Happy National Healthy Skin Month!

This time of year there is so much to do in preparation for the Holidays. One thing that should not be overlooked is skincare for our little ones. For most of us the weather in the winter months is very different from summer months and therefore adjustments to skincare need to be considered. November is the perfect time to think about your child’s skin care for winter as the air is turning colder and dryer. November is also recognized as National Healthy Skin Month.

Sun Protection

Even though the temps are more mild or cold depending on your location during the winter months, sun protection should still be implemented. The intensity of ultra violet light from the sun will vary depending on your location, but is always strong enough to pose a concern. The sun’s rays reflect off of the snow and can be as intense as a day at the beach. Sunscreen and other sun protection measures should therefore be implemented during the winter months.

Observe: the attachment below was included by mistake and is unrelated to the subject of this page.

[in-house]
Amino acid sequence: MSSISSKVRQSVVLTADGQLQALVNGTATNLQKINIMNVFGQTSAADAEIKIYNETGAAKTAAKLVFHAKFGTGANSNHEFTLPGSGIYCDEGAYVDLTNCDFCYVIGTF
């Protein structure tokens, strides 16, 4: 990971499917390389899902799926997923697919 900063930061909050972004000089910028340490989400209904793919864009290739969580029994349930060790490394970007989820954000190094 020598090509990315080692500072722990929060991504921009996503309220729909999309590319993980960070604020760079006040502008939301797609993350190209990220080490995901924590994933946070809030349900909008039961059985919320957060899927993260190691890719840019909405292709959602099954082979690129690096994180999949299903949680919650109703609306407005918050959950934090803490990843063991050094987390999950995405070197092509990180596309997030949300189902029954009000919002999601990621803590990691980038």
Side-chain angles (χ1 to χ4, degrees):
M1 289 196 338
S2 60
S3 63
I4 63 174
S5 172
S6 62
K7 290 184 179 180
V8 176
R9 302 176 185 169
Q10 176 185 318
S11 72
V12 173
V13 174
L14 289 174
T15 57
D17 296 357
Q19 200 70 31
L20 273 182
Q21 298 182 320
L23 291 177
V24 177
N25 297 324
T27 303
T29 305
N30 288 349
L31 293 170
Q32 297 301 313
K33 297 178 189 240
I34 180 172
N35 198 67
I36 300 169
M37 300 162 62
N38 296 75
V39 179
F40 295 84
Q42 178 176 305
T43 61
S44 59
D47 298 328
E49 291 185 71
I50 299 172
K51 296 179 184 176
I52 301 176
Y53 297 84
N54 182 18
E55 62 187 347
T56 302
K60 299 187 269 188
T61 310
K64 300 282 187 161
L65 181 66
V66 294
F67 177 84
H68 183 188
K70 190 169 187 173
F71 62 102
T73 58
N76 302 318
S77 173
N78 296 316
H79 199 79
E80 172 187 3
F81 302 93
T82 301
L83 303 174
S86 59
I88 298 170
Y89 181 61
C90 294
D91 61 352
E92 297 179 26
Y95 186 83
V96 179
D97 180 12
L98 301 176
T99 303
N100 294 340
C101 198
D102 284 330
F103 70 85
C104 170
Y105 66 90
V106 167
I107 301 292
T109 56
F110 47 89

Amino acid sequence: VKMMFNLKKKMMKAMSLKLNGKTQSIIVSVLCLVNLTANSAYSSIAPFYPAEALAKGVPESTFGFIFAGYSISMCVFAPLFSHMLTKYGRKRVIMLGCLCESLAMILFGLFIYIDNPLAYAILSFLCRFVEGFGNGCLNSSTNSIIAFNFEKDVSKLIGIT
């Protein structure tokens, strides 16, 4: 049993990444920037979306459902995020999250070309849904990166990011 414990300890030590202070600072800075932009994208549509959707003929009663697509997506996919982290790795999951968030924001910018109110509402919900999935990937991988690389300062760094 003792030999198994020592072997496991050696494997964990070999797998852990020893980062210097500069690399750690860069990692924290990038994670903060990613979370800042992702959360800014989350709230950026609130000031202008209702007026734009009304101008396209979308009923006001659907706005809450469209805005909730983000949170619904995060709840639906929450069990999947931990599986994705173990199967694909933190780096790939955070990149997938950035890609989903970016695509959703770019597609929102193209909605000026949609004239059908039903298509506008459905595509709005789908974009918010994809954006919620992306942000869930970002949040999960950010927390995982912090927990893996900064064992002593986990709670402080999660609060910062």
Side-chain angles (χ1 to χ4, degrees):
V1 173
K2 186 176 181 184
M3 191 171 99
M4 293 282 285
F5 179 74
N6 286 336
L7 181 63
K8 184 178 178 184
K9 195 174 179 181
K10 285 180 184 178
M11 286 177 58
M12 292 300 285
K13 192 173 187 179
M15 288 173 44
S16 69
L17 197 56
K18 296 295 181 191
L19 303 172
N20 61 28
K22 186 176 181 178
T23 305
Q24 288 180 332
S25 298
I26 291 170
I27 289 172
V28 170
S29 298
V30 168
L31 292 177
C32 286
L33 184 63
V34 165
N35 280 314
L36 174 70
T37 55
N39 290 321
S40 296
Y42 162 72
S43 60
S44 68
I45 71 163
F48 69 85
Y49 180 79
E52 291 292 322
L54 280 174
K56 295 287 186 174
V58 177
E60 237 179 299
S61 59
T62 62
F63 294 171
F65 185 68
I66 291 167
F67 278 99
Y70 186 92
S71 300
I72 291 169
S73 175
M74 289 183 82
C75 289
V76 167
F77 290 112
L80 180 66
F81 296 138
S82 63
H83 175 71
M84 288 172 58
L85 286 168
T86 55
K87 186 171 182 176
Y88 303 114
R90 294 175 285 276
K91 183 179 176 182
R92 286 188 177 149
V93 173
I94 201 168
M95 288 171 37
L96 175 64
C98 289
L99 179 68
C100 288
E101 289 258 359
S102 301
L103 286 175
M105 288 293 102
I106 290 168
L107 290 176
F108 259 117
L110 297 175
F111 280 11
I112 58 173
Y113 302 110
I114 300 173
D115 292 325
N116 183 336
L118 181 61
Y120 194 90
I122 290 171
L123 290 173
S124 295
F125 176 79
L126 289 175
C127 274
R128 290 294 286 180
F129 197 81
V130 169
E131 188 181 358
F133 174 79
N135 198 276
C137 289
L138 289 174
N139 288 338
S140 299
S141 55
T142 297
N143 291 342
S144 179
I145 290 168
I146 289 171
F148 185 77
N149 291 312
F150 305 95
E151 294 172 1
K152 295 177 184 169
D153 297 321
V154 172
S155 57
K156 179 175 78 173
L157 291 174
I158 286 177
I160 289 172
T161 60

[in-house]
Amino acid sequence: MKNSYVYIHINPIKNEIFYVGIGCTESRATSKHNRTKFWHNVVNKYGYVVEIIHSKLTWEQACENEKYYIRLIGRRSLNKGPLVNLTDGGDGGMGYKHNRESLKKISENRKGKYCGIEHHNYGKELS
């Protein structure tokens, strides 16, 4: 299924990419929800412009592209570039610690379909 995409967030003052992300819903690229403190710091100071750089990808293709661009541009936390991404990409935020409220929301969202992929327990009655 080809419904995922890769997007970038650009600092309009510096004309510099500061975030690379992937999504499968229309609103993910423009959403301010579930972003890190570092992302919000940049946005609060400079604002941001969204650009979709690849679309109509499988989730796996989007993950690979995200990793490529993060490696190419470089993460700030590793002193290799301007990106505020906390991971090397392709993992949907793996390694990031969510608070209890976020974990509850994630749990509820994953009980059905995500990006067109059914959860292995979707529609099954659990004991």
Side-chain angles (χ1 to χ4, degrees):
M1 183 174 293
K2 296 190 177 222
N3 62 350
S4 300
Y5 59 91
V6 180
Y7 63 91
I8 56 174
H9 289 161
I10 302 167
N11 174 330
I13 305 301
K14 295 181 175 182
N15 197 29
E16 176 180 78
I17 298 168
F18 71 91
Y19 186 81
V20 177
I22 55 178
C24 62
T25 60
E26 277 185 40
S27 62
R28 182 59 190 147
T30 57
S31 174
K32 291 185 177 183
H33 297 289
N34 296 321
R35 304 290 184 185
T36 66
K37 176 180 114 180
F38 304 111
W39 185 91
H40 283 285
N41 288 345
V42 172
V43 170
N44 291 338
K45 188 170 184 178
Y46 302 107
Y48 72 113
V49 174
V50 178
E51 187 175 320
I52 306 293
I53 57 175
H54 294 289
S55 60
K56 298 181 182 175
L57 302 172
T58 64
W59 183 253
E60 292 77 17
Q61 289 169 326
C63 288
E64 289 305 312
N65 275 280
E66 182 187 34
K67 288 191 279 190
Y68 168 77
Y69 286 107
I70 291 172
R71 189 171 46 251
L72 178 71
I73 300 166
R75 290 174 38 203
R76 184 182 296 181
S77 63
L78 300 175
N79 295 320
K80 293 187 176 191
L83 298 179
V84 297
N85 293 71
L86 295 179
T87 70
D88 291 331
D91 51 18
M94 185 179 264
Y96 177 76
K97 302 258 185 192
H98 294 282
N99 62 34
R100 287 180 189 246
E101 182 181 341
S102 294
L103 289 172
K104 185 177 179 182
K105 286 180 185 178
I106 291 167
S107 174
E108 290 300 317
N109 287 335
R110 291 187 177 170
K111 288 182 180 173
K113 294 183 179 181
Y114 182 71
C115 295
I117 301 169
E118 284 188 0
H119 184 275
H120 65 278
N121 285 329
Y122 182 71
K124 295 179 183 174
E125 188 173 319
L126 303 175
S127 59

Dry skin

The colder months can lead to dry, itchy, irritated skin. Many children suffer from eczema which can be exasperated during winter months. As many as one in ten kids can suffer from eczema also known as atopic dermatitis. There are things we can do to help our little ones be more comfortable.

Common triggers for eczema or atopic dermatitis can be found in the wool in clothes, hot water and dry air. Try dressing your child in cotton instead of wool and use mild, non-irritating detergents to wash their clothes. Attempt to keep your child from scratching as that can cause skin to be tough and cause infection. Keep their nails short to lessen the irritation to skin if they do scratch. Use thick creams and ointments twice a day to lock moisture into their skin and apply right after a bath. Give warm, short baths as hot water can contribute to itchy skin and use a mild soap without a washcloth. See a doctor if these measures do not seem to provide any relief.

More information on the treatment of atopic dermatitis can be found at www.nationaleczema.org


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